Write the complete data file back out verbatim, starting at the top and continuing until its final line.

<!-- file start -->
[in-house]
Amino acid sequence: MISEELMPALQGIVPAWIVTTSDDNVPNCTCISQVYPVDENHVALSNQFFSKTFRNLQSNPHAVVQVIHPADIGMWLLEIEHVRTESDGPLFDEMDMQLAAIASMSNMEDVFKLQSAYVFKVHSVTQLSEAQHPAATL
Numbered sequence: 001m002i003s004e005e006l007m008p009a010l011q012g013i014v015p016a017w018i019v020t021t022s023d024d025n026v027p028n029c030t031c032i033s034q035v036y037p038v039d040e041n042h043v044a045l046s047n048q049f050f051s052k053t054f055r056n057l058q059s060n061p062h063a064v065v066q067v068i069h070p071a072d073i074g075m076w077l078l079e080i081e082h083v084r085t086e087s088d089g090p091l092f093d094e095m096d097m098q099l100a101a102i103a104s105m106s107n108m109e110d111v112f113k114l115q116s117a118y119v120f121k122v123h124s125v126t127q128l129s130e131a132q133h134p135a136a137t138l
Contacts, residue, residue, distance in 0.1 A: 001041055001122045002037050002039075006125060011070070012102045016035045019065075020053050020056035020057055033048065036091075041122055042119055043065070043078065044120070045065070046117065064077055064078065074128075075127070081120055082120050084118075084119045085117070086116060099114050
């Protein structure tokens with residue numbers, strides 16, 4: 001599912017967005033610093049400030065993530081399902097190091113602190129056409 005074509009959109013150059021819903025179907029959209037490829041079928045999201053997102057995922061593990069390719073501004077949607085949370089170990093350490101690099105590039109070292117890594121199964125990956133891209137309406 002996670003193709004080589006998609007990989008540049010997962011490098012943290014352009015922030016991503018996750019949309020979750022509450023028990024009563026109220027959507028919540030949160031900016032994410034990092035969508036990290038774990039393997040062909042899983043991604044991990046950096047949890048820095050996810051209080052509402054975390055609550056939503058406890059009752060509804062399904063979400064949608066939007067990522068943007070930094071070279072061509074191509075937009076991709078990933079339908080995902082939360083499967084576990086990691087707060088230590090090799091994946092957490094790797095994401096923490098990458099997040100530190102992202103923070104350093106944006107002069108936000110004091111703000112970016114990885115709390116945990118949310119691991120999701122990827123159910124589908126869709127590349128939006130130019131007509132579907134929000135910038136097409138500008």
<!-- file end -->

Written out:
[in-house]
Amino acid sequence: MISEELMPALQGIVPAWIVTTSDDNVPNCTCISQVYPVDENHVALSNQFFSKTFRNLQSNPHAVVQVIHPADIGMWLLEIEHVRTESDGPLFDEMDMQLAAIASMSNMEDVFKLQSAYVFKVHSVTQLSEAQHPAATL
Numbered sequence: 001m002i003s004e005e006l007m008p009a010l011q012g013i014v015p016a017w018i019v020t021t022s023d024d025n026v027p028n029c030t031c032i033s034q035v036y037p038v039d040e041n042h043v044a045l046s047n048q049f050f051s052k053t054f055r056n057l058q059s060n061p062h063a064v065v066q067v068i069h070p071a072d073i074g075m076w077l078l079e080i081e082h083v084r085t086e087s088d089g090p091l092f093d094e095m096d097m098q099l100a101a102i103a104s105m106s107n108m109e110d111v112f113k114l115q116s117a118y119v120f121k122v123h124s125v126t127q128l129s130e131a132q133h134p135a136a137t138l
Contacts, residue, residue, distance in 0.1 A: 001041055001122045002037050002039075006125060011070070012102045016035045019065075020053050020056035020057055033048065036091075041122055042119055043065070043078065044120070045065070046117065064077055064078065074128075075127070081120055082120050084118075084119045085117070086116060099114050
């Protein structure tokens with residue numbers, strides 16, 4: 001599912017967005033610093049400030065993530081399902097190091113602190129056409 005074509009959109013150059021819903025179907029959209037490829041079928045999201053997102057995922061593990069390719073501004077949607085949370089170990093350490101690099105590039109070292117890594121199964125990956133891209137309406 002996670003193709004080589006998609007990989008540049010997962011490098012943290014352009015922030016991503018996750019949309020979750022509450023028990024009563026109220027959507028919540030949160031900016032994410034990092035969508036990290038774990039393997040062909042899983043991604044991990046950096047949890048820095050996810051209080052509402054975390055609550056939503058406890059009752060509804062399904063979400064949608066939007067990522068943007070930094071070279072061509074191509075937009076991709078990933079339908080995902082939360083499967084576990086990691087707060088230590090090799091994946092957490094790797095994401096923490098990458099997040100530190102992202103923070104350093106944006107002069108936000110004091111703000112970016114990885115709390116945990118949310119691991120999701122990827123159910124589908126869709127590349128939006130130019131007509132579907134929000135910038136097409138500008």